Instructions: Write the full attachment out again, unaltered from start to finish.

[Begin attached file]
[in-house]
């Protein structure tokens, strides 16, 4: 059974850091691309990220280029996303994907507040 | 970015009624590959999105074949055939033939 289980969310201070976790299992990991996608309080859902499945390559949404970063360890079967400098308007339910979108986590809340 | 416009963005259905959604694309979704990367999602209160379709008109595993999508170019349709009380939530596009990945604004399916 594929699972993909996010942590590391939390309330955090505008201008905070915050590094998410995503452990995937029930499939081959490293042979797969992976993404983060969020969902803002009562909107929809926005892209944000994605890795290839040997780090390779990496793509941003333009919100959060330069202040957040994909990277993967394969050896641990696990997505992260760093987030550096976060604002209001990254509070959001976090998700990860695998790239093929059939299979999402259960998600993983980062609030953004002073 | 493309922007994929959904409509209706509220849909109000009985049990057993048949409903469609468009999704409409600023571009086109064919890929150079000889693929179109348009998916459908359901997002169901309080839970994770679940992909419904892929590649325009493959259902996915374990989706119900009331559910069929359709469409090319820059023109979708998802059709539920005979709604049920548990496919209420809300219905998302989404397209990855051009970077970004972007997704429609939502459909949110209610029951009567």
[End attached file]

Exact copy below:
[in-house]
């Protein structure tokens, strides 16, 4: 059974850091691309990220280029996303994907507040 | 970015009624590959999105074949055939033939 289980969310201070976790299992990991996608309080859902499945390559949404970063360890079967400098308007339910979108986590809340 | 416009963005259905959604694309979704990367999602209160379709008109595993999508170019349709009380939530596009990945604004399916 594929699972993909996010942590590391939390309330955090505008201008905070915050590094998410995503452990995937029930499939081959490293042979797969992976993404983060969020969902803002009562909107929809926005892209944000994605890795290839040997780090390779990496793509941003333009919100959060330069202040957040994909990277993967394969050896641990696990997505992260760093987030550096976060604002209001990254509070959001976090998700990860695998790239093929059939299979999402259960998600993983980062609030953004002073 | 493309922007994929959904409509209706509220849909109000009985049990057993048949409903469609468009999704409409600023571009086109064919890929150079000889693929179109348009998916459908359901997002169901309080839970994770679940992909419904892929590649325009493959259902996915374990989706119900009331559910069929359709469409090319820059023109979708998802059709539920005979709604049920548990496919209420809300219905998302989404397209990855051009970077970004972007997704429609939502459909949110209610029951009567």